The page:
About the Book
One look at Baby Doe and you know she was meant to be a legend! She was just twenty years old when she came to Colorado to work a gold mine with her new husband. Little did she expect that she’d be abandoned and pregnant and left to manage the gold mine alone. But that didn’t stop her!
She moved to Leadville and fell in love with a married prospector, twice her age. Horace Tabor struck the biggest silver vein in history, divorced his wife and married Baby Doe. Though his new wife was known for her beauty, her fashion, and even her philanthropy, she was never welcomed in polite society.
Discover how the Tabors navigated the worlds of wealth, power, politics, and scandal in the wild days of western mining.
Format: Paperback, ebook (290 pp.) Publisher: Lion Heart Publishing
Published: 28th May 2019 Genre: Historical Fiction
Find Gold Digger, The Remarkable Baby Doe Tabor on Goodreads
In her Afterword, Rebecca Rosenberg confesses that Baby Doe Tabor ‘captured her imagination’ from the time she was five years old. Her enthusiasm for her subject shines through in this book although I’ll admit I’d never heard of Baby Doe Tabor up to this point. As the book description sets out, Gold Digger is a rags to riches, riches to rags (and possibly back again) story of a woman determined to control her own destiny and prove she has brains to match her beauty.
Along the way, Baby Doe (the nickname she acquires on account of her beautiful doe-like eyes) endures personal tragedy, estrangement from her family and the scorn of members of society, mainly other women. She also finally meets her soul mate and encounters some famous figures from history, including Doc Holliday and Oscar Wilde.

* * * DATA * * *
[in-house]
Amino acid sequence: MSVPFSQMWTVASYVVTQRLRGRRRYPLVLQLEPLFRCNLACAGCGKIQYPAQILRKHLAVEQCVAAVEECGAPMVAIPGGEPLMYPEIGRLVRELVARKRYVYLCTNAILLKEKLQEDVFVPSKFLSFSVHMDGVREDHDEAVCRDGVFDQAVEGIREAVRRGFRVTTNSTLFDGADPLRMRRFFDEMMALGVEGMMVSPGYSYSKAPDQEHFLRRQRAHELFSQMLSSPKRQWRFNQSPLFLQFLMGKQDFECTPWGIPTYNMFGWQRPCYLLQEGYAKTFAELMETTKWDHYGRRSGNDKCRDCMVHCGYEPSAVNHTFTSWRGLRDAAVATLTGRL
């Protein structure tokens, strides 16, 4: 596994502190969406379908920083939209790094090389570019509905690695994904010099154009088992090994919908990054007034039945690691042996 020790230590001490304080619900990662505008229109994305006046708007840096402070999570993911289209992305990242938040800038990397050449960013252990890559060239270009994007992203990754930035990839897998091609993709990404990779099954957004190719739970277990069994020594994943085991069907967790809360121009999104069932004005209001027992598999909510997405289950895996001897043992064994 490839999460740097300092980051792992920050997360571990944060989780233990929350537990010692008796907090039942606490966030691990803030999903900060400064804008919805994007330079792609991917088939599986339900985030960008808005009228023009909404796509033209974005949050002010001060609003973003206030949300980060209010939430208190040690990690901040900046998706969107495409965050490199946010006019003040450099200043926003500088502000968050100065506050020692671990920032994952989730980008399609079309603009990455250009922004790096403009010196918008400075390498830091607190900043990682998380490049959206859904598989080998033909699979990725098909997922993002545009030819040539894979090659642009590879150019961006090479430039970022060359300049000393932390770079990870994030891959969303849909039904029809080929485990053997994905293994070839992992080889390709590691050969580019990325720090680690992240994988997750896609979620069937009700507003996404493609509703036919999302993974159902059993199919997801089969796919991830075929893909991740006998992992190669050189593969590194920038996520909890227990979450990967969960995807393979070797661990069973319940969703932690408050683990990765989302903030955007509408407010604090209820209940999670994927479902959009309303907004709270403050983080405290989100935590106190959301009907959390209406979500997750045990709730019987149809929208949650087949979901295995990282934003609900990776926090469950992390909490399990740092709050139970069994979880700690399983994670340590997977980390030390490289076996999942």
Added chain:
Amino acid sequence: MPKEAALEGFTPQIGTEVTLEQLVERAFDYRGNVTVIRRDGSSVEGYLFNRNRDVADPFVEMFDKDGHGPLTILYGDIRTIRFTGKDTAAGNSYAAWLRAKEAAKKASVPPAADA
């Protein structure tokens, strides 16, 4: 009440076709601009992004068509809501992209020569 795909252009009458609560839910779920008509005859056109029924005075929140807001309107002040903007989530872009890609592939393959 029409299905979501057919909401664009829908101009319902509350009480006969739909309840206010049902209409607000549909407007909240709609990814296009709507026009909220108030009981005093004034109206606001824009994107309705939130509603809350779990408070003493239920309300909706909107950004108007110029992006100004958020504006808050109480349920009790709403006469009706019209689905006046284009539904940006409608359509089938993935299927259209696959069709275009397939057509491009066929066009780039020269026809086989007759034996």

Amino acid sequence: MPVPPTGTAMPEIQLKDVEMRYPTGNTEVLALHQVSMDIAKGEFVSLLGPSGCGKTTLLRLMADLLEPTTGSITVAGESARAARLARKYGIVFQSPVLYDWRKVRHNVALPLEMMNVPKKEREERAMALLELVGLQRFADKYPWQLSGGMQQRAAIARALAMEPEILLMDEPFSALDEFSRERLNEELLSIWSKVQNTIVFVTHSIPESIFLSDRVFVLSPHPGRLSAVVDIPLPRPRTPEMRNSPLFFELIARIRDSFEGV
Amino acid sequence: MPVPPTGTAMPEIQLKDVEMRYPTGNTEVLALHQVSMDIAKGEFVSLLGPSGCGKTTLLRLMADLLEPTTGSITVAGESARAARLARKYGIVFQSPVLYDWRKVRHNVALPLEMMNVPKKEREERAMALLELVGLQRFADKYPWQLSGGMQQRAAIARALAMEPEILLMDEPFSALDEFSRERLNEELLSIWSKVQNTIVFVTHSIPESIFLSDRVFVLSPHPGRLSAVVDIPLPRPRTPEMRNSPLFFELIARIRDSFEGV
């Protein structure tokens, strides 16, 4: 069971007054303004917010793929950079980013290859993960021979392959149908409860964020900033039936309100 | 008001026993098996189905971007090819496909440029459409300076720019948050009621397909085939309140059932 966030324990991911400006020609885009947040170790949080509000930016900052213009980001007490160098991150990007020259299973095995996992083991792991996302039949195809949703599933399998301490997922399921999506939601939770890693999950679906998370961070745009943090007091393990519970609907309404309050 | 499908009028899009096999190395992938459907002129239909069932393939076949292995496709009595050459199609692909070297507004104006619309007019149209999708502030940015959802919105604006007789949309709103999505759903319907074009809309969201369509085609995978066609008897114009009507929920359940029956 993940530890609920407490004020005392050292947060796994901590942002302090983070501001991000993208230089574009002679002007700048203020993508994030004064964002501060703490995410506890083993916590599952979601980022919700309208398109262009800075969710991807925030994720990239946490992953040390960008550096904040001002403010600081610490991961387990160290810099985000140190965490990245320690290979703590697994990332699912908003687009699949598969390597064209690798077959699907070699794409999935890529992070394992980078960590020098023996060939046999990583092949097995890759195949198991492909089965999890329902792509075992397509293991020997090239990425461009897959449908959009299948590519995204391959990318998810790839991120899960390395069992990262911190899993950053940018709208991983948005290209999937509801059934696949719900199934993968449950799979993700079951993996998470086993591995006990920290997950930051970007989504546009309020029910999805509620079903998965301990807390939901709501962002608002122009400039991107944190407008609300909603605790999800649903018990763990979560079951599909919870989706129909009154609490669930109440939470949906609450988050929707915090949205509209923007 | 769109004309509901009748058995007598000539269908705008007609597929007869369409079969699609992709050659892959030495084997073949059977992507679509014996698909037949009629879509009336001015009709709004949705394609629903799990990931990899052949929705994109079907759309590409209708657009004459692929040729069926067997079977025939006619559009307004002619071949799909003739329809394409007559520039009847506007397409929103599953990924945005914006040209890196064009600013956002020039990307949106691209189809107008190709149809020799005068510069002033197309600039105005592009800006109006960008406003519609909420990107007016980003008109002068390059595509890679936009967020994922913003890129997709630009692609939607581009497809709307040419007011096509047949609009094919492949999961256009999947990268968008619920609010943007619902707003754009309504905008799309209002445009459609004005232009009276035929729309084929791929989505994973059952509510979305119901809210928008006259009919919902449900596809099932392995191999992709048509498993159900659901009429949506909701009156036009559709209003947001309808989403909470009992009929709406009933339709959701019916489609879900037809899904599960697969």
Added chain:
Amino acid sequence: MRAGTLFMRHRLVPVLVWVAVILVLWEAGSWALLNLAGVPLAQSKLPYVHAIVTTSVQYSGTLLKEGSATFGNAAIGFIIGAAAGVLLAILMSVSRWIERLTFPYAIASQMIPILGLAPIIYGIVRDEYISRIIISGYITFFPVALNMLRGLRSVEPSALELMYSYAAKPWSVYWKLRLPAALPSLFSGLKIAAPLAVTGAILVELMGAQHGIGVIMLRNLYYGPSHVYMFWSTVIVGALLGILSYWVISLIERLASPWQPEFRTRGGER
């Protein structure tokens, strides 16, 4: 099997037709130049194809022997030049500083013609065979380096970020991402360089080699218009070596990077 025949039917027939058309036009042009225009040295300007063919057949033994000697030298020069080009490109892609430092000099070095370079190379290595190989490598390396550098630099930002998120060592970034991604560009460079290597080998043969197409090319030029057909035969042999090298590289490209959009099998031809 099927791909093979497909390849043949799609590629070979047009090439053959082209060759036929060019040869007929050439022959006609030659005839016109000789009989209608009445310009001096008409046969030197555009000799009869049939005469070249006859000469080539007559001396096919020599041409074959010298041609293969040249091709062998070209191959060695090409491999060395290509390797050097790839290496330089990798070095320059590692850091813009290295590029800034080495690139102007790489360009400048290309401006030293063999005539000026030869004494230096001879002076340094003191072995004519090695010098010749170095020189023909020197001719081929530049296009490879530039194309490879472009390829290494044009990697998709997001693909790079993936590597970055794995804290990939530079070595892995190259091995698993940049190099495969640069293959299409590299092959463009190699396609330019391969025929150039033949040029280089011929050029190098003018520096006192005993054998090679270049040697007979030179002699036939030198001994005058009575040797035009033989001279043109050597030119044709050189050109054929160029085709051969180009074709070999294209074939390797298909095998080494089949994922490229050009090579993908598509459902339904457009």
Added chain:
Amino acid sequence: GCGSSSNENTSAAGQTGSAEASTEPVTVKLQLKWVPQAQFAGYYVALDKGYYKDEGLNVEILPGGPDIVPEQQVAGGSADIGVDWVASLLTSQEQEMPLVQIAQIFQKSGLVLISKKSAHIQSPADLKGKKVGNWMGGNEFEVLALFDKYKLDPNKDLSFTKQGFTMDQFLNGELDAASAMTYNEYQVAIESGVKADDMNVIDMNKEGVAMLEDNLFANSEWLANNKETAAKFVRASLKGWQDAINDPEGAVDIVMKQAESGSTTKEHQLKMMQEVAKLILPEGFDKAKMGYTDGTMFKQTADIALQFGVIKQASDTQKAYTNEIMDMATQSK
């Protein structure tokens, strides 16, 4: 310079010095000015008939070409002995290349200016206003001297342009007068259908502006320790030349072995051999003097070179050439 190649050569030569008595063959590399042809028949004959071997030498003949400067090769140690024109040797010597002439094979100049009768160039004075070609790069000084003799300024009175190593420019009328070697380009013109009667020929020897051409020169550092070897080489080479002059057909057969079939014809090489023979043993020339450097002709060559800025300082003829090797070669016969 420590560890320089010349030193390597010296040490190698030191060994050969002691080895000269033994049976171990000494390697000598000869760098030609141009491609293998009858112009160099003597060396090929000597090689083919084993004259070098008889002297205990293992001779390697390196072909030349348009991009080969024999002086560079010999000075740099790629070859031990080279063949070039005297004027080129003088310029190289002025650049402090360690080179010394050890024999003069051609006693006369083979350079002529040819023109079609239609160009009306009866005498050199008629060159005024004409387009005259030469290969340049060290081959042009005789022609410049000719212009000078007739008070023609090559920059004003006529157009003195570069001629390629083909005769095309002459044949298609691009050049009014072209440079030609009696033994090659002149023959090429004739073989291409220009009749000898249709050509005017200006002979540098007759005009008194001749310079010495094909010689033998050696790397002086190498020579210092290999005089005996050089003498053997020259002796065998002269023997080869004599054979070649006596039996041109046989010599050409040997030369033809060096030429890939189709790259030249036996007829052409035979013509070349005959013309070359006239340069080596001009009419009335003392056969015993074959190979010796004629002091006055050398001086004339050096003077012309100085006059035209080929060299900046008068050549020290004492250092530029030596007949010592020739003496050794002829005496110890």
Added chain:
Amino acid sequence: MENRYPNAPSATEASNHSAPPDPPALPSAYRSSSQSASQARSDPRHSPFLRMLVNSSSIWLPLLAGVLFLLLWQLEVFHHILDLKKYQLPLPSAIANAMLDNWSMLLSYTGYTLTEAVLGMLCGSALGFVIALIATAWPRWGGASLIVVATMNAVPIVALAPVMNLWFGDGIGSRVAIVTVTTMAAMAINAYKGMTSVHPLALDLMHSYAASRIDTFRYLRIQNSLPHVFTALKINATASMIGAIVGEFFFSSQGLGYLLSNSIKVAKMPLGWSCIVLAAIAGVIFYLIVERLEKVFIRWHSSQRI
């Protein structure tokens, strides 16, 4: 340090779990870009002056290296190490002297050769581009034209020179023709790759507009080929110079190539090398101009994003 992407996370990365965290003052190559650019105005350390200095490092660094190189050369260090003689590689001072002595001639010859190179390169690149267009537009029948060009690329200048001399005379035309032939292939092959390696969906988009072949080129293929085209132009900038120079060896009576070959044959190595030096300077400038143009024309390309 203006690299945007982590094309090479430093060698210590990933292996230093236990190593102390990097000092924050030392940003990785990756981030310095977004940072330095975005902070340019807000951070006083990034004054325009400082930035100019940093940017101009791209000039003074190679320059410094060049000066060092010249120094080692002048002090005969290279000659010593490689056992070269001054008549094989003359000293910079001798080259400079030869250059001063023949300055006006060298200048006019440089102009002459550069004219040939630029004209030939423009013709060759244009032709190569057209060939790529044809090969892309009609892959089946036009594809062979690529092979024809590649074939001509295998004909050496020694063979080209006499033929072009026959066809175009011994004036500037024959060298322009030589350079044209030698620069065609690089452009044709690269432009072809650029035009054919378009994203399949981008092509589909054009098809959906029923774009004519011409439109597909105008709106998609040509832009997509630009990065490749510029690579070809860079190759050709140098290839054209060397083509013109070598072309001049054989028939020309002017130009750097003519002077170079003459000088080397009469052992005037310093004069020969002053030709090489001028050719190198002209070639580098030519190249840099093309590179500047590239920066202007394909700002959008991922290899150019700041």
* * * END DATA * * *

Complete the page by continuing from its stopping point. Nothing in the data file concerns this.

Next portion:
What I hadn’t realised is that the story of Baby Doe Tabor does not end with Gold Digger. In fact, the book concludes at a pivotal moment in her life. The author freely admits it’s ‘only half the story’ and promises the rest will unfold in a sequel, Silver Dollar (the name of Baby Doe’s second daughter), planned for publication in 2020.
I have to say Gold Digger didn’t quite capture my imagination in the way that Rebecca Rosenberg’s previous book, The Secret Life of Mrs. London, did. I think that’s because the male characters in Gold Digger, Harvey and Horace, can’t help but be pale shadows in comparison to the larger than life figures of Harry Houdini and Jack London in the earlier book. Having said that, Gold Digger is a well-told, clearly well-researched story of a remarkable woman with an admirable determination to make her own way in a man’s world.
I received an advance review copy courtesy of the author.
In three words: Engaging, dramatic, well-researched
Try something similar…The Moral Compass by K. A. Servian (read my review here)
About the Author
Rebecca grew up in Colorado exploring old mines, ghost towns and honky-tonks with her family, sparking her life-long love of the Rocky Mountains and obsession with the Tabors. Now, Rebecca lives and writes on her lavender farm in Sonoma, California.
Rebecca’s other books include The Secret Life of Mrs. London, Lavender Fields of America and Champagne Widows. (Photo credit: Goodreads author page)
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